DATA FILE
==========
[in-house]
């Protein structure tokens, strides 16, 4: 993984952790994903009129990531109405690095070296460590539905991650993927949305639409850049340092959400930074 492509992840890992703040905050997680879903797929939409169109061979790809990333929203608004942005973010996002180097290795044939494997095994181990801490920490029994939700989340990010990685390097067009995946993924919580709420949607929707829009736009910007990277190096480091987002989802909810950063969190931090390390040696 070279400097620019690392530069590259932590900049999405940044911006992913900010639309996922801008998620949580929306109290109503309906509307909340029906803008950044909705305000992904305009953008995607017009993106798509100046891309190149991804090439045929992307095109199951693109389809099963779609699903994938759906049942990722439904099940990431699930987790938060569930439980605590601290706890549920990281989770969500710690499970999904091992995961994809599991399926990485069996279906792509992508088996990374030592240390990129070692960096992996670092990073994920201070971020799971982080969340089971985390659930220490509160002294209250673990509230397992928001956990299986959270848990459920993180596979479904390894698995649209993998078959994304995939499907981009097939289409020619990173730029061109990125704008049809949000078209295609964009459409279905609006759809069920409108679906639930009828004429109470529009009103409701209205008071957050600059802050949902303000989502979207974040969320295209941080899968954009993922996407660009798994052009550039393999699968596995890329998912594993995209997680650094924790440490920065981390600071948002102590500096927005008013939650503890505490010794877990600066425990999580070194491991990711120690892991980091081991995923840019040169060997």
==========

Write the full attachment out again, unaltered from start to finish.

[in-house]
């Protein structure tokens, strides 16, 4: 993984952790994903009129990531109405690095070296460590539905991650993927949305639409850049340092959400930074 492509992840890992703040905050997680879903797929939409169109061979790809990333929203608004942005973010996002180097290795044939494997095994181990801490920490029994939700989340990010990685390097067009995946993924919580709420949607929707829009736009910007990277190096480091987002989802909810950063969190931090390390040696 070279400097620019690392530069590259932590900049999405940044911006992913900010639309996922801008998620949580929306109290109503309906509307909340029906803008950044909705305000992904305009953008995607017009993106798509100046891309190149991804090439045929992307095109199951693109389809099963779609699903994938759906049942990722439904099940990431699930987790938060569930439980605590601290706890549920990281989770969500710690499970999904091992995961994809599991399926990485069996279906792509992508088996990374030592240390990129070692960096992996670092990073994920201070971020799971982080969340089971985390659930220490509160002294209250673990509230397992928001956990299986959270848990459920993180596979479904390894698995649209993998078959994304995939499907981009097939289409020619990173730029061109990125704008049809949000078209295609964009459409279905609006759809069920409108679906639930009828004429109470529009009103409701209205008071957050600059802050949902303000989502979207974040969320295209941080899968954009993922996407660009798994052009550039393999699968596995890329998912594993995209997680650094924790440490920065981390600071948002102590500096927005008013939650503890505490010794877990600066425990999580070194491991990711120690892991980091081991995923840019040169060997």